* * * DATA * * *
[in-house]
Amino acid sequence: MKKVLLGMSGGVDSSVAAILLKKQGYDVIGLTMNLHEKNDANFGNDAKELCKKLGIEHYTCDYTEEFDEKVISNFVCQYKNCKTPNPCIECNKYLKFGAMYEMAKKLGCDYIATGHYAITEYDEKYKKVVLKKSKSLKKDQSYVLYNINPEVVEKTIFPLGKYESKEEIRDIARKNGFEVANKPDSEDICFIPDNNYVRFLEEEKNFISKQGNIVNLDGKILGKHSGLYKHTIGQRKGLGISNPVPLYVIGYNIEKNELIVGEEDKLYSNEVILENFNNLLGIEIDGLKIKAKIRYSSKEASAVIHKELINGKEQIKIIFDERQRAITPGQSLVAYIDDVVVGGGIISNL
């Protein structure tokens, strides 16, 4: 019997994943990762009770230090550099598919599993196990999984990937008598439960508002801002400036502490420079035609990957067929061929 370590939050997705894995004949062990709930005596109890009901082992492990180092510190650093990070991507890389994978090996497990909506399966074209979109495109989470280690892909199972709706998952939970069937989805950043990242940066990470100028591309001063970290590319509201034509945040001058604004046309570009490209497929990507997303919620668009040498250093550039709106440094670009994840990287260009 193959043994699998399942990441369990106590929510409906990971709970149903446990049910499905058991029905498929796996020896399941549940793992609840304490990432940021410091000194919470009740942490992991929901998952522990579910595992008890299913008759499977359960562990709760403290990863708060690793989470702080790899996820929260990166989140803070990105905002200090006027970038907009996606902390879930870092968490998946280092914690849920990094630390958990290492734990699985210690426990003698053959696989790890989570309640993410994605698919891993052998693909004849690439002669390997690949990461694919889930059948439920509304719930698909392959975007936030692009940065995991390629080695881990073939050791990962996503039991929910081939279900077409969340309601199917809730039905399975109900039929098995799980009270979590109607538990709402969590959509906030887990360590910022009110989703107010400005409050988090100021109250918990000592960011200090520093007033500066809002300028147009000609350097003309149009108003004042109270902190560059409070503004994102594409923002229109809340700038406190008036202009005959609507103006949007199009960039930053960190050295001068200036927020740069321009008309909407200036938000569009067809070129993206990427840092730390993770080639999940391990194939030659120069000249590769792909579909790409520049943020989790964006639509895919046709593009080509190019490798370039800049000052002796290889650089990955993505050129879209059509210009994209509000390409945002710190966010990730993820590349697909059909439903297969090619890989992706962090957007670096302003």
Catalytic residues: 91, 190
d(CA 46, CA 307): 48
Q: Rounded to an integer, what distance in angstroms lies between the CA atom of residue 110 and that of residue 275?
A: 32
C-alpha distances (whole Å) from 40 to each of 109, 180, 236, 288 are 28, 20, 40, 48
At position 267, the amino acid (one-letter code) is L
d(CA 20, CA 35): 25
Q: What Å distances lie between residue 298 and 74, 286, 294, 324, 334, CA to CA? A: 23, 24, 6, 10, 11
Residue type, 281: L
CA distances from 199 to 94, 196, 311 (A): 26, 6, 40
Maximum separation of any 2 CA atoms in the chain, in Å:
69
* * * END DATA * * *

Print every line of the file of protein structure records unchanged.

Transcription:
[in-house]
Amino acid sequence: MKKVLLGMSGGVDSSVAAILLKKQGYDVIGLTMNLHEKNDANFGNDAKELCKKLGIEHYTCDYTEEFDEKVISNFVCQYKNCKTPNPCIECNKYLKFGAMYEMAKKLGCDYIATGHYAITEYDEKYKKVVLKKSKSLKKDQSYVLYNINPEVVEKTIFPLGKYESKEEIRDIARKNGFEVANKPDSEDICFIPDNNYVRFLEEEKNFISKQGNIVNLDGKILGKHSGLYKHTIGQRKGLGISNPVPLYVIGYNIEKNELIVGEEDKLYSNEVILENFNNLLGIEIDGLKIKAKIRYSSKEASAVIHKELINGKEQIKIIFDERQRAITPGQSLVAYIDDVVVGGGIISNL
């Protein structure tokens, strides 16, 4: 019997994943990762009770230090550099598919599993196990999984990937008598439960508002801002400036502490420079035609990957067929061929 370590939050997705894995004949062990709930005596109890009901082992492990180092510190650093990070991507890389994978090996497990909506399966074209979109495109989470280690892909199972709706998952939970069937989805950043990242940066990470100028591309001063970290590319509201034509945040001058604004046309570009490209497929990507997303919620668009040498250093550039709106440094670009994840990287260009 193959043994699998399942990441369990106590929510409906990971709970149903446990049910499905058991029905498929796996020896399941549940793992609840304490990432940021410091000194919470009740942490992991929901998952522990579910595992008890299913008759499977359960562990709760403290990863708060690793989470702080790899996820929260990166989140803070990105905002200090006027970038907009996606902390879930870092968490998946280092914690849920990094630390958990290492734990699985210690426990003698053959696989790890989570309640993410994605698919891993052998693909004849690439002669390997690949990461694919889930059948439920509304719930698909392959975007936030692009940065995991390629080695881990073939050791990962996503039991929910081939279900077409969340309601199917809730039905399975109900039929098995799980009270979590109607538990709402969590959509906030887990360590910022009110989703107010400005409050988090100021109250918990000592960011200090520093007033500066809002300028147009000609350097003309149009108003004042109270902190560059409070503004994102594409923002229109809340700038406190008036202009005959609507103006949007199009960039930053960190050295001068200036927020740069321009008309909407200036938000569009067809070129993206990427840092730390993770080639999940391990194939030659120069000249590769792909579909790409520049943020989790964006639509895919046709593009080509190019490798370039800049000052002796290889650089990955993505050129879209059509210009994209509000390409945002710190966010990730993820590349697909059909439903297969090619890989992706962090957007670096302003």
Catalytic residues: 91, 190
d(CA 46, CA 307): 48
Q: Rounded to an integer, what distance in angstroms lies between the CA atom of residue 110 and that of residue 275?
A: 32
C-alpha distances (whole Å) from 40 to each of 109, 180, 236, 288 are 28, 20, 40, 48
At position 267, the amino acid (one-letter code) is L
d(CA 20, CA 35): 25
Q: What Å distances lie between residue 298 and 74, 286, 294, 324, 334, CA to CA? A: 23, 24, 6, 10, 11
Residue type, 281: L
CA distances from 199 to 94, 196, 311 (A): 26, 6, 40
Maximum separation of any 2 CA atoms in the chain, in Å:
69